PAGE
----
Tsukuba Naval Air Group Museum
Kasama City, Ibaraki Prefecture
The Tsukuba Naval Air Group Museum opened in December 2013 and reached
110,000 visitors by April 2015. The origins of Tsukuba Naval Air Group go back
to 1934, when the Tomobe Detachment of the Kasumigaura Naval Air Group was
established. In December 1938, Tsukuba became an independent air group as part of the 11th Training Combined Air Group.
The museum building is the Air Group's original headquarters, although it was
used for many years after the end of World War II by Tomobe Hospital. The museum
stands on the grounds of the Ibaraki Prefectural Medical Center of Psychiatry,
which has a large building near the museum. The medical center grounds also have some remains from the war such as a drill platform made of stone, the gates to
the base, and the foundation of Tsukuba Jinja (Shrine).
During the Battle of Okinawa in the spring of 1945, 55 men from the Tsukuba
Naval Air Group made sorties in Zero fighters from Kanoya Air Base in southern
Kyūshū as members of six Tsukuba Squadrons in the Kamikaze Special Attack Corps. The dates that
each squadron took off from Kanoya in 1945 and the number of men who died are
1st - April 6, 17 men
2nd - April 14, 3 men
3rd - April 16, 7 men
4th - April 29, 5 men
5th - May 11, 9 men
6th - May 14, 14 men
In addition, five members of the original 7th and 8th Tsukuba Squadrons
became members of the 1st Jinrai Bakusen Squadron in the Kamikaze Special Attack
Corps. On June 22, 1945, they took off from Kanoya Air Base and died in battle.
There were also twelve airmen from Tsukuba Air Group who became members of the
Kongō Unit of the Kamikaze Corps and died in special attacks in the Philippines
between December 1944 and January 1945. On April 3, 1945, another pilot from
Tsukuba Air Group died in a special attack from Taiwan as a member of the Taigi
Unit. In total, 73 men died between December 1944 and June 1945 as members of
the Kamikaze Special Attack Corps .
The Tsukuba Naval Air Group Museum is open every day from 9 to 5 with an
admission fee of 500 yen. All of the exhibits are in Japanese with no English
translations. Visitors get a free 24-page booklet in Japanese with many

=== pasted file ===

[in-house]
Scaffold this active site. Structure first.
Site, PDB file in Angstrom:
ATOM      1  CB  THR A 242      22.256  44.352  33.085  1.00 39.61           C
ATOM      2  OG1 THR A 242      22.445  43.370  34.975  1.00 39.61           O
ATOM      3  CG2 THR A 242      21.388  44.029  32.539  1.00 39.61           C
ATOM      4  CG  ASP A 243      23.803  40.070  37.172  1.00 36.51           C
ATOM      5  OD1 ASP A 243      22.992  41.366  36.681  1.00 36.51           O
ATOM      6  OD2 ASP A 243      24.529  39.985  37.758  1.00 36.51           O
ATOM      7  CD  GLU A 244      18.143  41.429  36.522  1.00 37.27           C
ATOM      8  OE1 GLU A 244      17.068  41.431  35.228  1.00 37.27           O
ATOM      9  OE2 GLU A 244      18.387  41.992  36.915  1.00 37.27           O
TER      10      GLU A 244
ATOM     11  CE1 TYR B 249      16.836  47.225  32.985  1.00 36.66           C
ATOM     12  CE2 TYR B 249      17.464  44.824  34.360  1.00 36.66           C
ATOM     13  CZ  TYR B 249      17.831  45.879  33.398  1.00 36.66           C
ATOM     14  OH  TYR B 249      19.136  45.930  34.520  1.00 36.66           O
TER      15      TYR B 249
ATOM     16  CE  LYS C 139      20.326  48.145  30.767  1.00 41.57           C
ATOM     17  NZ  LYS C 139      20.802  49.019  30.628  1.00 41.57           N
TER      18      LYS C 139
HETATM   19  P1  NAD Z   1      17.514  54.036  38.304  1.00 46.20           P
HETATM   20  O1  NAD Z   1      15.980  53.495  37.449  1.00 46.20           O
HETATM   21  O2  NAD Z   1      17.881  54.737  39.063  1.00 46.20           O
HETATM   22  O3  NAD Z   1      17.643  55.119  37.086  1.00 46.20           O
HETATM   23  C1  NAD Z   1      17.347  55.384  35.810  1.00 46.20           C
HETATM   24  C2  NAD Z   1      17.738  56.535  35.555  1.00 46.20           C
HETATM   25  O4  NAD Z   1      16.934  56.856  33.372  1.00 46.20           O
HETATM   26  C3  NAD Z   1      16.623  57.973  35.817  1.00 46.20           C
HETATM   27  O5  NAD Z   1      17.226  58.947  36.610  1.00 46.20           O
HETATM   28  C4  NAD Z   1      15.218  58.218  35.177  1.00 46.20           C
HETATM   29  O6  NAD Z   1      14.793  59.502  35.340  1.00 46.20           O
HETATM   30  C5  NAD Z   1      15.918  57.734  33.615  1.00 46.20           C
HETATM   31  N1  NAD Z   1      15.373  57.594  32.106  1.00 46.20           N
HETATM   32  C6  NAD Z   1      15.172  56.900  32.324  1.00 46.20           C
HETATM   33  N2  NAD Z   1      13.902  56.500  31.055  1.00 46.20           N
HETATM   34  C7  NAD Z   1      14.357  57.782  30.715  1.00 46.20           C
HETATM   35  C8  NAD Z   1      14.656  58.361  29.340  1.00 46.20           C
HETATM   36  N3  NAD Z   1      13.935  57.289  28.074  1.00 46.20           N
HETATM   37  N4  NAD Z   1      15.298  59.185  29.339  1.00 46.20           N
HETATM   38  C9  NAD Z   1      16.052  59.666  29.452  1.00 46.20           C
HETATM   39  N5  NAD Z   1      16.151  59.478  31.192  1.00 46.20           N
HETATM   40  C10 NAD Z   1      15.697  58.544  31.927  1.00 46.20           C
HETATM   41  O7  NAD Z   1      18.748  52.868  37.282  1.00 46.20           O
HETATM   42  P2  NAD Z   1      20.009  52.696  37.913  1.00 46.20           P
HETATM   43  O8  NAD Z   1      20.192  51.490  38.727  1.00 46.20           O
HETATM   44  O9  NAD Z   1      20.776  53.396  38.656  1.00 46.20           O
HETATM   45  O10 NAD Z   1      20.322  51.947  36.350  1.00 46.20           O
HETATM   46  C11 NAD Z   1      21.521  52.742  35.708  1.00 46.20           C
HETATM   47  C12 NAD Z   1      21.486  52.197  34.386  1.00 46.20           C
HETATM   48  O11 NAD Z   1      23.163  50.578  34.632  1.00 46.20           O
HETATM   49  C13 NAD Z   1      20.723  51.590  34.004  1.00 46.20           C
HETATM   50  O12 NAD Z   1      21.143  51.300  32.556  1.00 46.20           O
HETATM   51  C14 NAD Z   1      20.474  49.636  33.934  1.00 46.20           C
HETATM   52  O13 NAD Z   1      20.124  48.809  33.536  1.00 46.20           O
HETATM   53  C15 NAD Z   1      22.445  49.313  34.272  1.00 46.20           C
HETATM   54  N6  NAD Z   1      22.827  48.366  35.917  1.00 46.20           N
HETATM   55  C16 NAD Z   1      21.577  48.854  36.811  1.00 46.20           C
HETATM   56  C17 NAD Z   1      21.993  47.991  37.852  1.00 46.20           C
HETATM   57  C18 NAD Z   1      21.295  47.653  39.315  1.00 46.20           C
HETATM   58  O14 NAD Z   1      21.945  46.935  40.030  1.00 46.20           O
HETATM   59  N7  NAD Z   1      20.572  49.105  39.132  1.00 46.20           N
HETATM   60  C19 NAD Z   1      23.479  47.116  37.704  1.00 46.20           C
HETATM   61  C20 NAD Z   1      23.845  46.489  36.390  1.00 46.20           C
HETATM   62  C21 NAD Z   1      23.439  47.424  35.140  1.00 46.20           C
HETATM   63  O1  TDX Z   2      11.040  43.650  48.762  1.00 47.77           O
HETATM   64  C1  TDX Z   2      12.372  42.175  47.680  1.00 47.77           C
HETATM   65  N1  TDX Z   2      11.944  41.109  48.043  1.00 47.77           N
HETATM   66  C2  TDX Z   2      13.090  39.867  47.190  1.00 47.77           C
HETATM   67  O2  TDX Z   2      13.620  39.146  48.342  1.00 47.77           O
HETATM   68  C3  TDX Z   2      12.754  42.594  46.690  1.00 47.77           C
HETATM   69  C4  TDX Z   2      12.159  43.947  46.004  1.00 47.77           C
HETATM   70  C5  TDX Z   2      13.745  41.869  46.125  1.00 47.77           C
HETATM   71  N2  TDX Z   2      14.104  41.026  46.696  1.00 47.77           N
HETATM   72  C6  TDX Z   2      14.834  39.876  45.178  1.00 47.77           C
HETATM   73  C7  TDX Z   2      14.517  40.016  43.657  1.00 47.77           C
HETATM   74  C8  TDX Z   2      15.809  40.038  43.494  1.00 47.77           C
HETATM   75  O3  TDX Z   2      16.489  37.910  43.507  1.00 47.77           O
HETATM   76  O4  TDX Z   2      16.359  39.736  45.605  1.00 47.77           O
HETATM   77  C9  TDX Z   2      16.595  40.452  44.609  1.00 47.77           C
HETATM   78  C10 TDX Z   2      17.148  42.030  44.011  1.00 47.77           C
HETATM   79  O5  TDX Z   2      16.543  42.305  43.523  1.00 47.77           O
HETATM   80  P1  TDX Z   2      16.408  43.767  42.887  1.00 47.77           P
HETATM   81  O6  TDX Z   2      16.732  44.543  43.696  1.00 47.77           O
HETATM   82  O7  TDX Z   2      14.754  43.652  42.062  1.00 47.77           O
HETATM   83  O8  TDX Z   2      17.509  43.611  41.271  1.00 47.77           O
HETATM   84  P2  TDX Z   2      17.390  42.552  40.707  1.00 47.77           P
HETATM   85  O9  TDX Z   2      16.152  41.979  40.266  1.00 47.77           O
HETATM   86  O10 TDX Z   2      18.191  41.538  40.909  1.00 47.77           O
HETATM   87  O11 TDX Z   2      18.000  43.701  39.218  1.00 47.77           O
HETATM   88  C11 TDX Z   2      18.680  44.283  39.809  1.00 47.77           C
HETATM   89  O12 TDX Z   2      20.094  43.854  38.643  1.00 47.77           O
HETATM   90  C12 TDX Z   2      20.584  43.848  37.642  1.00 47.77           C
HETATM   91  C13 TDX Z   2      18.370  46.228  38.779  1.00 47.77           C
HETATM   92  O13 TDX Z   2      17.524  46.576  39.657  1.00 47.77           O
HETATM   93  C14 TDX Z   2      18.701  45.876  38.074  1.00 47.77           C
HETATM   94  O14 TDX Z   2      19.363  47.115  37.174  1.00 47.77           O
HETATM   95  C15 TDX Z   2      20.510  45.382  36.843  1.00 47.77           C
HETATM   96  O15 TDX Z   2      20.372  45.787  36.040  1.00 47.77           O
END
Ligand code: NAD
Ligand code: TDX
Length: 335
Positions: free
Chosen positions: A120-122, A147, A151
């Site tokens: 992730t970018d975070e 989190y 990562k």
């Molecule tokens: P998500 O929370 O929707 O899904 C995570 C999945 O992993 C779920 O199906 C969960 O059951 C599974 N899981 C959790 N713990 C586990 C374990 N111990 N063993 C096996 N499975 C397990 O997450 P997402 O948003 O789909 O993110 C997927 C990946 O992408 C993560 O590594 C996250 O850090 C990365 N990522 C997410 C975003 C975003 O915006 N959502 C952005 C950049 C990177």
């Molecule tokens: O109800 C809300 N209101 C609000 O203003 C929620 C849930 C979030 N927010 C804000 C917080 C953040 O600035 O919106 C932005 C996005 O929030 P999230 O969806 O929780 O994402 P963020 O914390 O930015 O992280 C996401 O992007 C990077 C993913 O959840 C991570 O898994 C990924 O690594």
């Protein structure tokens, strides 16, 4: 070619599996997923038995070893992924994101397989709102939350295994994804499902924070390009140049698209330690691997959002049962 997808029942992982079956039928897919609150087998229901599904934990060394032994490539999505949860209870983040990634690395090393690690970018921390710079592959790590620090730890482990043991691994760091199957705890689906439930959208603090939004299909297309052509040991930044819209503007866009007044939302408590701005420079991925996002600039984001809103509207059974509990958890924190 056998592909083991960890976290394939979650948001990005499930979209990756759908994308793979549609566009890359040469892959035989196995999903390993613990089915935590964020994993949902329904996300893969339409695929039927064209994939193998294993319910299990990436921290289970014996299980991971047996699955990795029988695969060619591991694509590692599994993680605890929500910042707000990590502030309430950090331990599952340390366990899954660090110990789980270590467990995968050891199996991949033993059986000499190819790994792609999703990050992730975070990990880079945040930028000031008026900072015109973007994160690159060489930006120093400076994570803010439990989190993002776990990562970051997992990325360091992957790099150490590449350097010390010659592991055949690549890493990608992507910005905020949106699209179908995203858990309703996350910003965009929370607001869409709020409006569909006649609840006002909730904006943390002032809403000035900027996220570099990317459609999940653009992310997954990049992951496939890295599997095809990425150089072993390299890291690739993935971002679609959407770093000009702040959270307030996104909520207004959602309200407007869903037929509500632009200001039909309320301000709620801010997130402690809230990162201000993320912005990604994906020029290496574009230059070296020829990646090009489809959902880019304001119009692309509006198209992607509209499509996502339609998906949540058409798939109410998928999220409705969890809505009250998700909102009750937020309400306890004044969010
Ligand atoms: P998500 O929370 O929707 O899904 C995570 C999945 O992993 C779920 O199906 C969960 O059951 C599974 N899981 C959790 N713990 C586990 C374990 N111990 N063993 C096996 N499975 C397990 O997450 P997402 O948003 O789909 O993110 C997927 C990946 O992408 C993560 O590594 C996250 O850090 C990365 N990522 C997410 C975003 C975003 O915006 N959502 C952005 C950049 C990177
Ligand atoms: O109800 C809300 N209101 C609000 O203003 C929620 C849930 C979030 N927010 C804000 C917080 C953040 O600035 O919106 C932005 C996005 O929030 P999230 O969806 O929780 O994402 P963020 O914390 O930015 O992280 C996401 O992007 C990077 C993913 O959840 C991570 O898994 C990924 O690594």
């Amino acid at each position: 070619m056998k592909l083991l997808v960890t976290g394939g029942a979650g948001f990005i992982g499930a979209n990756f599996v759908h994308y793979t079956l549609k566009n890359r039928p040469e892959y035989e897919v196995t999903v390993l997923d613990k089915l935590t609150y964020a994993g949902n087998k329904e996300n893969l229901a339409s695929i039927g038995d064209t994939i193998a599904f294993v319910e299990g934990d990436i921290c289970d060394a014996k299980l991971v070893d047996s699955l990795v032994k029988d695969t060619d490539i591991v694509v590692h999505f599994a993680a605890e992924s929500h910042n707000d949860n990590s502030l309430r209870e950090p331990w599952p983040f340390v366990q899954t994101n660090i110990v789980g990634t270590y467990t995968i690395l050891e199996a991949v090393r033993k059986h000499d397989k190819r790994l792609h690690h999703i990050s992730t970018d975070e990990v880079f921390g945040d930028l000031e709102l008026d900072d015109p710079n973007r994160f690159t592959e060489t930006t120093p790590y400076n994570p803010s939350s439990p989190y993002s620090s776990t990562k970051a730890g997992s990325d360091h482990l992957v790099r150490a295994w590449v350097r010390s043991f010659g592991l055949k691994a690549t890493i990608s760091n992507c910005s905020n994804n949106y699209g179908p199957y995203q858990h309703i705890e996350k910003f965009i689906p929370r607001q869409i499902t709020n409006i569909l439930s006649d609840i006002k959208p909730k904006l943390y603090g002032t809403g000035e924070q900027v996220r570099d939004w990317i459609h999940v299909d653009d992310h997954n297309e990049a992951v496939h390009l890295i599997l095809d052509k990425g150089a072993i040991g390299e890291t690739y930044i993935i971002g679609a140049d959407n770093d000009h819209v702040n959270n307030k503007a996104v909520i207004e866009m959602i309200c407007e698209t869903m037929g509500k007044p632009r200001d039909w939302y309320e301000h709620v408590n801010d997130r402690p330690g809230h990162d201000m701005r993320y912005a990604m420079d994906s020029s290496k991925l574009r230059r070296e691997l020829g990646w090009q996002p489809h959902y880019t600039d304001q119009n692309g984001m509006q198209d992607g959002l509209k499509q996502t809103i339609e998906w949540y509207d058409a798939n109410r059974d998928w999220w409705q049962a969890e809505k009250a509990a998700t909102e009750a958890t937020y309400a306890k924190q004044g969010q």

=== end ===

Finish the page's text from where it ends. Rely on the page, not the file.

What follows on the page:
historical photographs, a map of sites related to the former air
base, and a historical chronology of Tsukuba Air Group. There
is a store where books and other souvenirs can be purchased. Tomobe Station is
the closest train station to the museum, which can be reached by walking about
30 minutes or by bus or taxi.
Exhibition room with Tsukuba Air Group pilot
photographs, letters, and artifacts
The museum contains many exhibits, such as photographs, letters, and stories,
about the men who died as kamikaze pilots. These include Shin'ichi Ishimaru, a
former professional baseball player whose life story was made into the 1995 movie
Ningen no Tsubasa (Wings
of a Man), and Shunsuke Tomiyasu,
whose Zero fighter hit the aircraft carrier Enterprise (CV-6) on May 14, 1945.
That attack killed 13 and wounded 68.
There are several exhibition rooms open to the public on the museum's two
floors. These include a couple of rooms on the second floor used in the filming
of the 2013 movie Eien no 0 (The Eternal Zero). Another exhibition room
on the second floor has many ship
models on display.
Drill platform used by Tsukuba Air Group
The Tsukuba Naval Air Group
Monument can be reached by a short walk from the museum.
Room in museum that was used in 2013 movie
Eien no 0 (The Eternal Zero)
The museum itself does not maintain a web site, but Project Ibaraki has a
site about the Tsukuba Naval Air Group in conjunction with the movie Eien no
0 (The Eternal Zero).
Date of Visit: March 16, 2017
The following last letters and diary entries were written by Kamikaze Special
Attack Corps members from Tsukuba Air Base who died in special attacks:
Related Web Pages
1. Katabami 2014, 18-9.
Katabami, Masaaki. 2014. Mō hitotsu no "Eien no Zero":
Tsukuba Kaigun Kōkūtai (Another "Eternal Zero": Tsukuba
Naval Air Group). Tōkyō: Village Books.